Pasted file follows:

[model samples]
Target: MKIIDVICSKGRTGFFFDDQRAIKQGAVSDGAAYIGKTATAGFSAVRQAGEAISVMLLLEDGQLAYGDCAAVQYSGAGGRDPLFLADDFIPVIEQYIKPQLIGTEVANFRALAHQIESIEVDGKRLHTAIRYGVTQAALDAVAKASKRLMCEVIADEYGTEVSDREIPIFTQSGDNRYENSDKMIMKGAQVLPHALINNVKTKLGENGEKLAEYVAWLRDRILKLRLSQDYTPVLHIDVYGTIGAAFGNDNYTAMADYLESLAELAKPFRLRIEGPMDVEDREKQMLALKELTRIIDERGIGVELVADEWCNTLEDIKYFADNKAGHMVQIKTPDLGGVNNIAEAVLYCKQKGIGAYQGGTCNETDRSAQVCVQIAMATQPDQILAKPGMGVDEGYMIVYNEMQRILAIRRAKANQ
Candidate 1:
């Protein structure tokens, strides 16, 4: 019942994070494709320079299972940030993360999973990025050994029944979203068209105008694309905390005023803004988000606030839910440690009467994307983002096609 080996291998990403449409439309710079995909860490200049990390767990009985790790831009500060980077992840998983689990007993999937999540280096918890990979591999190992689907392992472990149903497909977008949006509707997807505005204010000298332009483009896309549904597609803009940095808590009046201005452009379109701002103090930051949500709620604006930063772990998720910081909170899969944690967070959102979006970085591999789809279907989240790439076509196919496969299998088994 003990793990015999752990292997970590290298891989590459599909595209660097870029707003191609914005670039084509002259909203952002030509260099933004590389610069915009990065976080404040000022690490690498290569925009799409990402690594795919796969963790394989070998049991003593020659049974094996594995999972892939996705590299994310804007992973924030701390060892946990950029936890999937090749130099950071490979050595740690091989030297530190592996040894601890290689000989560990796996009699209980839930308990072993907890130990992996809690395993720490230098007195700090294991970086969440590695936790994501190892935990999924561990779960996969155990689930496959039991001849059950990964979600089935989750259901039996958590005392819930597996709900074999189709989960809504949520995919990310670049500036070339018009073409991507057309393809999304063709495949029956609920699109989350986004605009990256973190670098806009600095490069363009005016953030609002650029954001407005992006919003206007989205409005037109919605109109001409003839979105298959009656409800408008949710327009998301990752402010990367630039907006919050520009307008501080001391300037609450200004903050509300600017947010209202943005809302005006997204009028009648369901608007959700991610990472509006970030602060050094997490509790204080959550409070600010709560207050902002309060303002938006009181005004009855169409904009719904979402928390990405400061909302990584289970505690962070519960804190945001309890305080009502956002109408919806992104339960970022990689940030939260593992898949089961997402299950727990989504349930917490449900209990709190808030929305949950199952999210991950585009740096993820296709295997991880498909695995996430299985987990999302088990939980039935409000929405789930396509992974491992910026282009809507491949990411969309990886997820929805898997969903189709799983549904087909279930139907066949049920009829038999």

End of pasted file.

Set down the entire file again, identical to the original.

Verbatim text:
[model samples]
Target: MKIIDVICSKGRTGFFFDDQRAIKQGAVSDGAAYIGKTATAGFSAVRQAGEAISVMLLLEDGQLAYGDCAAVQYSGAGGRDPLFLADDFIPVIEQYIKPQLIGTEVANFRALAHQIESIEVDGKRLHTAIRYGVTQAALDAVAKASKRLMCEVIADEYGTEVSDREIPIFTQSGDNRYENSDKMIMKGAQVLPHALINNVKTKLGENGEKLAEYVAWLRDRILKLRLSQDYTPVLHIDVYGTIGAAFGNDNYTAMADYLESLAELAKPFRLRIEGPMDVEDREKQMLALKELTRIIDERGIGVELVADEWCNTLEDIKYFADNKAGHMVQIKTPDLGGVNNIAEAVLYCKQKGIGAYQGGTCNETDRSAQVCVQIAMATQPDQILAKPGMGVDEGYMIVYNEMQRILAIRRAKANQ
Candidate 1:
């Protein structure tokens, strides 16, 4: 019942994070494709320079299972940030993360999973990025050994029944979203068209105008694309905390005023803004988000606030839910440690009467994307983002096609 080996291998990403449409439309710079995909860490200049990390767990009985790790831009500060980077992840998983689990007993999937999540280096918890990979591999190992689907392992472990149903497909977008949006509707997807505005204010000298332009483009896309549904597609803009940095808590009046201005452009379109701002103090930051949500709620604006930063772990998720910081909170899969944690967070959102979006970085591999789809279907989240790439076509196919496969299998088994 003990793990015999752990292997970590290298891989590459599909595209660097870029707003191609914005670039084509002259909203952002030509260099933004590389610069915009990065976080404040000022690490690498290569925009799409990402690594795919796969963790394989070998049991003593020659049974094996594995999972892939996705590299994310804007992973924030701390060892946990950029936890999937090749130099950071490979050595740690091989030297530190592996040894601890290689000989560990796996009699209980839930308990072993907890130990992996809690395993720490230098007195700090294991970086969440590695936790994501190892935990999924561990779960996969155990689930496959039991001849059950990964979600089935989750259901039996958590005392819930597996709900074999189709989960809504949520995919990310670049500036070339018009073409991507057309393809999304063709495949029956609920699109989350986004605009990256973190670098806009600095490069363009005016953030609002650029954001407005992006919003206007989205409005037109919605109109001409003839979105298959009656409800408008949710327009998301990752402010990367630039907006919050520009307008501080001391300037609450200004903050509300600017947010209202943005809302005006997204009028009648369901608007959700991610990472509006970030602060050094997490509790204080959550409070600010709560207050902002309060303002938006009181005004009855169409904009719904979402928390990405400061909302990584289970505690962070519960804190945001309890305080009502956002109408919806992104339960970022990689940030939260593992898949089961997402299950727990989504349930917490449900209990709190808030929305949950199952999210991950585009740096993820296709295997991880498909695995996430299985987990999302088990939980039935409000929405789930396509992974491992910026282009809507491949990411969309990886997820929805898997969903189709799983549904087909279930139907066949049920009829038999």